Hold That Tiger


If you know the way from the alley to Buckingham Palace and back, having listened to the glistening slime of pimps and hustlers can provide you with a perfectly realistic sense of human nature beyond the supposedly shocking Tiger Woods scandal. 

In my youth, almost any subject would be taken apart in the near darkness of the pool hall on 42nd Street and Central Avenue. There, fallen boxers, broken-down criminals or others on the way up watched the virtuosos of the green felt rectangles where battles of pool were fought. The best-handled pool sticks with a mastery parallel to knights in the middle of a joust. The balls rolling balls into pockets were accompanied by exhortations or loud regrets whenever it became evident that more shit had been talked than could be backed up. 


Chumps were a favorite subject. We young bloods on the stopover from high school listened closely, hoping we could avoid becoming the most contemptible type in a hustler's eyes—a "sucker-assed lame, a chump." 

The cold drool of condescension was most evident when the talk moseyed over to someone who had been hustled or made a fool of by a woman. His example would get the hustlers and the pimps up on their hind legs and send them into preaching the lessons learned in the streets, “That Negro could put a capital F on the word fool. Negro so dumb and naive he think a woman want to get in the bed with him just because she broke a smile in his direction. Dummy. She might be smiling at somebody else, which that chump don’t know and don’t care to know. All-day suckers around the clock, they always mistake a little bit of class with some available ass, but that’s OK. Truth is a reliable motor scooter, and don’t take no mess. Yes, my little chickadees, it will find a stump to fit your rump. The truth can put a good old whipping to a chump, oh, yeah—with a switch made out of barbed wire. You can see the blood on the back of his pants every time he turn around … dumb ass. Now that ain't no kind of lie.”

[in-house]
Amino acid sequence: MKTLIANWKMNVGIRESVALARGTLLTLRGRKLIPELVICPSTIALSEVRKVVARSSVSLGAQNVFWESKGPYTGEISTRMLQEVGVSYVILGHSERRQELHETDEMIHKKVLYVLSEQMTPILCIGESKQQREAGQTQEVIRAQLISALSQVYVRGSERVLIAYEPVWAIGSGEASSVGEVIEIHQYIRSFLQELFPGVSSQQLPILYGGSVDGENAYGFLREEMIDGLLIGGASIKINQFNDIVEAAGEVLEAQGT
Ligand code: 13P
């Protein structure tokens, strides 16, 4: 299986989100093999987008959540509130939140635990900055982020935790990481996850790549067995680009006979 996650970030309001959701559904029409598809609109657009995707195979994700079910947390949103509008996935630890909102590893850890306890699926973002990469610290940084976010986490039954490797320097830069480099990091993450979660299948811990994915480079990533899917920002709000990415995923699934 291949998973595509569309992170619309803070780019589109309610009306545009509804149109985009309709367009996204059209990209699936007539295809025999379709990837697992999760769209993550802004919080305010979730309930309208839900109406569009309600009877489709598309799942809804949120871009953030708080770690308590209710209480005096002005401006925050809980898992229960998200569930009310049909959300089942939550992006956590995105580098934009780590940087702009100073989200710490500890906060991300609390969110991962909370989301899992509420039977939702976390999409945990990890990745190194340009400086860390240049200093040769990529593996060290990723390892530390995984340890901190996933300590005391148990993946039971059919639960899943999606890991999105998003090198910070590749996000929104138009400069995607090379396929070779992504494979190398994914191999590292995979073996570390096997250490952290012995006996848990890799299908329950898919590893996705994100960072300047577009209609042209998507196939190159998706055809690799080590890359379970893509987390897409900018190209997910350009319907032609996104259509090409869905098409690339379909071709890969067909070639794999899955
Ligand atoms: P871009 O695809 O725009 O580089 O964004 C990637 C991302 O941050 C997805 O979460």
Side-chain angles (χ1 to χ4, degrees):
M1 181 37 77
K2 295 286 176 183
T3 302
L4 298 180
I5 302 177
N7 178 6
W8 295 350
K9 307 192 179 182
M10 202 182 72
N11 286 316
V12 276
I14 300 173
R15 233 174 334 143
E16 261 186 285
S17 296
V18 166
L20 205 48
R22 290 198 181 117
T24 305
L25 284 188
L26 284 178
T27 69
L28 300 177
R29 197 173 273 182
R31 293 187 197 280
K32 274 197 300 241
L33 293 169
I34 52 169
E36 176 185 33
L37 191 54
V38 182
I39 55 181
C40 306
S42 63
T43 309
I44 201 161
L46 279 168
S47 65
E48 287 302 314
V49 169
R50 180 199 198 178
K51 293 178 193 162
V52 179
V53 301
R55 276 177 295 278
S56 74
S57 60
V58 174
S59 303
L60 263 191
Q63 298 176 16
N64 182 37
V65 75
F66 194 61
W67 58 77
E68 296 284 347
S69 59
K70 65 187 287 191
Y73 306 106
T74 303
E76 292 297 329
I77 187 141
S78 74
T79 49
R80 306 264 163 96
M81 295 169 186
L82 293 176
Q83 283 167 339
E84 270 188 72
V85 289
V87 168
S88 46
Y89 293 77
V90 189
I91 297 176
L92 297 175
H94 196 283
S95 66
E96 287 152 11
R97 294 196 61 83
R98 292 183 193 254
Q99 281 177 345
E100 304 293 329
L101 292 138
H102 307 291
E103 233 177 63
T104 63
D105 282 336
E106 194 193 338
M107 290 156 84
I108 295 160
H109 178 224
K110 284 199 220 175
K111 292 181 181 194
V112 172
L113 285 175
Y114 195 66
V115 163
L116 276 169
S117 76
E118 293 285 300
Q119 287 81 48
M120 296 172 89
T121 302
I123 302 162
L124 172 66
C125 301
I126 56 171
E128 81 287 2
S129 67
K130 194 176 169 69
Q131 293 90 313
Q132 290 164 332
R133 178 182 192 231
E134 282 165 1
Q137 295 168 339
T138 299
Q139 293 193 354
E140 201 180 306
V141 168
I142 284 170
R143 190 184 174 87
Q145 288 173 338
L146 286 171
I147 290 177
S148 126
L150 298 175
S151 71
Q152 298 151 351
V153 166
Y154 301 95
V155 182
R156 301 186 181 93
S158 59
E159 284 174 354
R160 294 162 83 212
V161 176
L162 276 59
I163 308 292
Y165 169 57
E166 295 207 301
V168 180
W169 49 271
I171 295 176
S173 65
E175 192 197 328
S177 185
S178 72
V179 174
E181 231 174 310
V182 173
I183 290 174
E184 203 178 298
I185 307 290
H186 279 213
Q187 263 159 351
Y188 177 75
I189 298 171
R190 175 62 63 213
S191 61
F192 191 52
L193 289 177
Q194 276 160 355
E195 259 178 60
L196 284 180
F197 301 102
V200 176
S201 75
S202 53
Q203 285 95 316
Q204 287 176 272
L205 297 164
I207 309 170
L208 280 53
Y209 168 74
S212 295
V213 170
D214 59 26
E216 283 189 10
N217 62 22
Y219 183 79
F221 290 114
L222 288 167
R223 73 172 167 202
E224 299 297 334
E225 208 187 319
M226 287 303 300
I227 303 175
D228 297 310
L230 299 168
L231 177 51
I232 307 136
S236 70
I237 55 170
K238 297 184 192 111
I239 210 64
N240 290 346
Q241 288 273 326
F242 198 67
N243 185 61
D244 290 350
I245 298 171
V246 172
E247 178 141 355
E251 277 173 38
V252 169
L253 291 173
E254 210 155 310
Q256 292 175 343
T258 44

Now there are times when it seems that almost any kind of woman, high or low, exceptionally intelligent or dumb as Ned in the First Reader, fine, blind, crippled or crazy is ready to climb the short distance out of her clothes at a breathtaking speed after she lets loose a smile. But what most men eager to judge Tiger won’t admit is that his experience is shared by only a few men in the entire world. We are talking about those who have achieved objective recognition for exceptional talent in the world of competitive sports.